Discover the most momentous motor events that took place this week in history ……..
120 years ago this week, the first significant car show in the United States opened in New York City [3 November 1900]. The Automobile Club of America organised the week-long event held in Madison Square Garden. Fifty-one exhibitors displayed 31 automobiles along with various accessories. The show also featured ramps to demonstrate hill-climbing abilities and starting and braking contests. Tickets for the popular event, nicknamed the ‘Horseless Carriage Show’, cost 50 cents. By the end of show week it is also estimated that 48,000 visitors had attended. The vehicles on display range from $280 – nearly 6 months salary at the average annual wage of $589 – up to $4,000……110 years ago this week, the Morgan Company launched its original three-wheeler at the Olympia Motor Show in London. Built in Malvern, Worcestershire (England), it was claimed to be the best-engineered and most reliable three-wheeler of its time [4 November 1910]. It would become the most successful vehicle in its class, setting standards for other manufacturers to follow……. Percy Hendy of Southampton, was appointed Britain’s first Ford dealer, nearly a year before the Ford factory at Trafford Park, Manchester, produced its first Model T [7 November 1910]……100 years ago this week, Leyland Eight,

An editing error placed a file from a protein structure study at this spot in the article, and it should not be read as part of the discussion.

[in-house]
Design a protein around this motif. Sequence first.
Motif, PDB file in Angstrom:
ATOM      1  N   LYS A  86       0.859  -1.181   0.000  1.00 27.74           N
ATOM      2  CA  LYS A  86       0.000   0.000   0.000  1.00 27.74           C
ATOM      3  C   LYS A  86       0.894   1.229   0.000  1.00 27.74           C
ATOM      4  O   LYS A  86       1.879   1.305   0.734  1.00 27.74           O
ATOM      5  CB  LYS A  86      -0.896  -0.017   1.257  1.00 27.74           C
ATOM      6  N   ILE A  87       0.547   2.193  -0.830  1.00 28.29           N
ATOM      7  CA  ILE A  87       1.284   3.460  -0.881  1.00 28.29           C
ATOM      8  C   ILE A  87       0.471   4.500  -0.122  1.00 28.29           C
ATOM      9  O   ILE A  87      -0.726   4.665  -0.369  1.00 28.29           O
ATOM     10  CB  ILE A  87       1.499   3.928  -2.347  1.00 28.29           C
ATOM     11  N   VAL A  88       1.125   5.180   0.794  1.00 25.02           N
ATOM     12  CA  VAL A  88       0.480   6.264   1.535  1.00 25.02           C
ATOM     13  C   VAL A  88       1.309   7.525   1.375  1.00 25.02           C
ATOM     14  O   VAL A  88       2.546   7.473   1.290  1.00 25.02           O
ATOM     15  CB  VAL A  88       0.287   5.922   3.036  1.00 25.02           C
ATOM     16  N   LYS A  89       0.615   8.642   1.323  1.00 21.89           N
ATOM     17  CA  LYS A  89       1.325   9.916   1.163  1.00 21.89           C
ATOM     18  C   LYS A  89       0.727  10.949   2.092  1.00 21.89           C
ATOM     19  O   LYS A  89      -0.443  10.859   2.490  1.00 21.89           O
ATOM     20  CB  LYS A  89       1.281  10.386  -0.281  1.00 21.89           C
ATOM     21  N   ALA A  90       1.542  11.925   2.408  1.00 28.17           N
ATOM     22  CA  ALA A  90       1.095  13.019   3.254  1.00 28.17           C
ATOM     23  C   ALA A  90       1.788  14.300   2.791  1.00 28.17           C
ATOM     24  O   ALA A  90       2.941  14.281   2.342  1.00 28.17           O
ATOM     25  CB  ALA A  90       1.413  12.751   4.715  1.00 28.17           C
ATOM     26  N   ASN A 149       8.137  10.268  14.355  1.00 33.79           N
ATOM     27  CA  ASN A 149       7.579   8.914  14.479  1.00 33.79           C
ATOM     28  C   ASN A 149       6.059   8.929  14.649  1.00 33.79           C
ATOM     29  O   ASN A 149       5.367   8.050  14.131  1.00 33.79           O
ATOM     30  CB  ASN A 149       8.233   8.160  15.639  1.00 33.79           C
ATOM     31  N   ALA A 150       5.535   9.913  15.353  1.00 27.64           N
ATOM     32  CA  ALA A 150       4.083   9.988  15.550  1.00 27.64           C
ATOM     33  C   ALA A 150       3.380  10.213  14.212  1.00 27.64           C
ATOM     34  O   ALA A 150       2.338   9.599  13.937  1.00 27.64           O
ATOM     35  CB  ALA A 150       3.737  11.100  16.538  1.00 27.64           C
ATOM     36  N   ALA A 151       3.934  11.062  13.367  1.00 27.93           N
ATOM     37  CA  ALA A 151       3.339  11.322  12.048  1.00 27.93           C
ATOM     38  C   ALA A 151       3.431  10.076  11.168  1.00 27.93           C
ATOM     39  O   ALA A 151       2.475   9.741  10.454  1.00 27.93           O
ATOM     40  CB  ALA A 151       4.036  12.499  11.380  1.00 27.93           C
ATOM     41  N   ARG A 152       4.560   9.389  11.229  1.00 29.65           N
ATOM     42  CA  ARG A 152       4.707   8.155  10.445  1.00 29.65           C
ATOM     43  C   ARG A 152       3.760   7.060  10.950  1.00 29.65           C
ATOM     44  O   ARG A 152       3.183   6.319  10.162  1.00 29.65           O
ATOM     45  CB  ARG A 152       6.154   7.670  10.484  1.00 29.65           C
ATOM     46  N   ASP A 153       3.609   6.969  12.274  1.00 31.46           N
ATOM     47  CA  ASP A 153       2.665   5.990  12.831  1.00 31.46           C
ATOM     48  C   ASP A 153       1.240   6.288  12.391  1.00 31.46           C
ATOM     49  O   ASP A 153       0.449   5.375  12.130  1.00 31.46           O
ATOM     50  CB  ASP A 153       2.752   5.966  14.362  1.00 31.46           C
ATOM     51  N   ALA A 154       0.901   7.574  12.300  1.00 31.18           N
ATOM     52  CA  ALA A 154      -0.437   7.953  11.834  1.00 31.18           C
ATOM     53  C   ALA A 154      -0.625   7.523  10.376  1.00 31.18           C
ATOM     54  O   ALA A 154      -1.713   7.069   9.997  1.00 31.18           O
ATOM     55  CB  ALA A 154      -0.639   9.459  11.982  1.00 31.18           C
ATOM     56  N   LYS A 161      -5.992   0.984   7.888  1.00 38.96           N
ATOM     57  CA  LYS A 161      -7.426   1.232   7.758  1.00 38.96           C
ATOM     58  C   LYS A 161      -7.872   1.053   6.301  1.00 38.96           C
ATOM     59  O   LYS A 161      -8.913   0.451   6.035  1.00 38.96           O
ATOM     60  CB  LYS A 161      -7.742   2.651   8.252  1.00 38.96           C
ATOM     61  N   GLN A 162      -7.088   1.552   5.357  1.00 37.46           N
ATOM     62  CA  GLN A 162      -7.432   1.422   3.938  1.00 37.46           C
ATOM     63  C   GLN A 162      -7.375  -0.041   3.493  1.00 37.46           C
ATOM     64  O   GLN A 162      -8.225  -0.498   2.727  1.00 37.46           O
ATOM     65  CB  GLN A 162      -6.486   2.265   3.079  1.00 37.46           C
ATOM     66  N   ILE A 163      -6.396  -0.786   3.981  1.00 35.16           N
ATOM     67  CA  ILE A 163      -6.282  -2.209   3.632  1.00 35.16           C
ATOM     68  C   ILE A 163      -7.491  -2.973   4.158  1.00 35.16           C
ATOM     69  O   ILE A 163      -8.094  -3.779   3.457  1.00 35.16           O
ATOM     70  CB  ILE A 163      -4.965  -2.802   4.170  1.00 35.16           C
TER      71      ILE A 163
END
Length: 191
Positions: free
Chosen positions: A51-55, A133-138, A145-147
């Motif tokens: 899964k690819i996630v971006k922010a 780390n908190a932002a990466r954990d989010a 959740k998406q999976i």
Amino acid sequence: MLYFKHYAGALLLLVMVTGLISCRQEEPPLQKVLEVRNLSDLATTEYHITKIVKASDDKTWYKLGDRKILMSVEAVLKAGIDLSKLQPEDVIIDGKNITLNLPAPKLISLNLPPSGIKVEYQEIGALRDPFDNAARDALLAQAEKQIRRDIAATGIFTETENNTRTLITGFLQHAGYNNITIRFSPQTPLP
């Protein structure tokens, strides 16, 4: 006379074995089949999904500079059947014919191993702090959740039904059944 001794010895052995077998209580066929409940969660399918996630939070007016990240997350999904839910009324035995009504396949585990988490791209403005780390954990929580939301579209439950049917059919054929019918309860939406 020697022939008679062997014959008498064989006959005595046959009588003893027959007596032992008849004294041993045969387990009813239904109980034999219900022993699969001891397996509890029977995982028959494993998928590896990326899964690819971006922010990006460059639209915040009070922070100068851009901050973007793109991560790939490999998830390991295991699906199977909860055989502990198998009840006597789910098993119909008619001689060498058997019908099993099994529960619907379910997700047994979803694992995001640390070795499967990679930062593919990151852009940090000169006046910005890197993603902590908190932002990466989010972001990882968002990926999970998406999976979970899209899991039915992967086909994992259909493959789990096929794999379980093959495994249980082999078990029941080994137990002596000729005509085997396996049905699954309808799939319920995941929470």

Britain’s first car with an in-line eight cylinder engine, with an overhead camshaft and a capacity of 7 litres, was launched at the London Motor Show [4 November 1920]. The price was over £3000 and perhaps not surprisingly there were few takers, with total production amounting to not more than 18 units. The Leyland Eight bristled with ingenious features and had considerable performance potential, as evidenced by special racing versions designed by Parry Thomas which gave up to 200 bhp and set several speed records…… The Orpington, built by Frank Smith and Jack Milroy at their Pond Garage, opposite Priory Road in Orpington, Kent, England went on a test run in front of the press [6 November 1920]. It was a two-seater with a dickey seat capable of accommodating two more small people behind the driving wheel, had a 10-bhp engine, and cost £495……. 90 years ago this week, the first vehicular tunnel to a foreign country opened, from Detroit (US) to Windsor (Canada) [3 November 1930]. At 120 feet short of a mile, the underwater tunnel carries 13,000 vehicles daily. The Detroit–Windsor Tunnel was built by the firm Parsons, Klapp, Brinckerhoff and Douglas (the same firm that built the Holland Tunnel)…….. Alfred Arthur Rouse murdered an unknown man and burnt him in his (Rouse’s) vehicle at Hardingstone in Northamptonshire, the first murder case in Britain to centre around a car [6 November 1930]. This case is also unusual in English legal history in the sense that the identity of the victim was never known and consequently Rouse was convicted of the murder of an unknown man. In the early hours of 6 November 1930, two young men returning from